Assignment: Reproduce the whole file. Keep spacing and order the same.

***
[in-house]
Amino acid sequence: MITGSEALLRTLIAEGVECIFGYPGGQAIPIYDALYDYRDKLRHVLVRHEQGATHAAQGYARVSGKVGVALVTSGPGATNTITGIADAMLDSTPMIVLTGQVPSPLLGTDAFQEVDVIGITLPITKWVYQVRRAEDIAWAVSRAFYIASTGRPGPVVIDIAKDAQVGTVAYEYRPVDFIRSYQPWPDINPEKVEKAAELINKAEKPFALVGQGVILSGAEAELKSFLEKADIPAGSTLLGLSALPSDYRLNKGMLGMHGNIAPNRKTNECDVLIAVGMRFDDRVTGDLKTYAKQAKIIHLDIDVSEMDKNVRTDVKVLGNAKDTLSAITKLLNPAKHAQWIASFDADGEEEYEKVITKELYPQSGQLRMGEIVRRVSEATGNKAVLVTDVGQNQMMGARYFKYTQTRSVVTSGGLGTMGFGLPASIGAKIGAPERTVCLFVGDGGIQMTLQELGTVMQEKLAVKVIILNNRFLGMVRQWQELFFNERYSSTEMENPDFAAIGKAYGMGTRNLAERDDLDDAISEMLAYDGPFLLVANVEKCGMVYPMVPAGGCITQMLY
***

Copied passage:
[in-house]
Amino acid sequence: MITGSEALLRTLIAEGVECIFGYPGGQAIPIYDALYDYRDKLRHVLVRHEQGATHAAQGYARVSGKVGVALVTSGPGATNTITGIADAMLDSTPMIVLTGQVPSPLLGTDAFQEVDVIGITLPITKWVYQVRRAEDIAWAVSRAFYIASTGRPGPVVIDIAKDAQVGTVAYEYRPVDFIRSYQPWPDINPEKVEKAAELINKAEKPFALVGQGVILSGAEAELKSFLEKADIPAGSTLLGLSALPSDYRLNKGMLGMHGNIAPNRKTNECDVLIAVGMRFDDRVTGDLKTYAKQAKIIHLDIDVSEMDKNVRTDVKVLGNAKDTLSAITKLLNPAKHAQWIASFDADGEEEYEKVITKELYPQSGQLRMGEIVRRVSEATGNKAVLVTDVGQNQMMGARYFKYTQTRSVVTSGGLGTMGFGLPASIGAKIGAPERTVCLFVGDGGIQMTLQELGTVMQEKLAVKVIILNNRFLGMVRQWQELFFNERYSSTEMENPDFAAIGKAYGMGTRNLAERDDLDDAISEMLAYDGPFLLVANVEKCGMVYPMVPAGGCITQMLY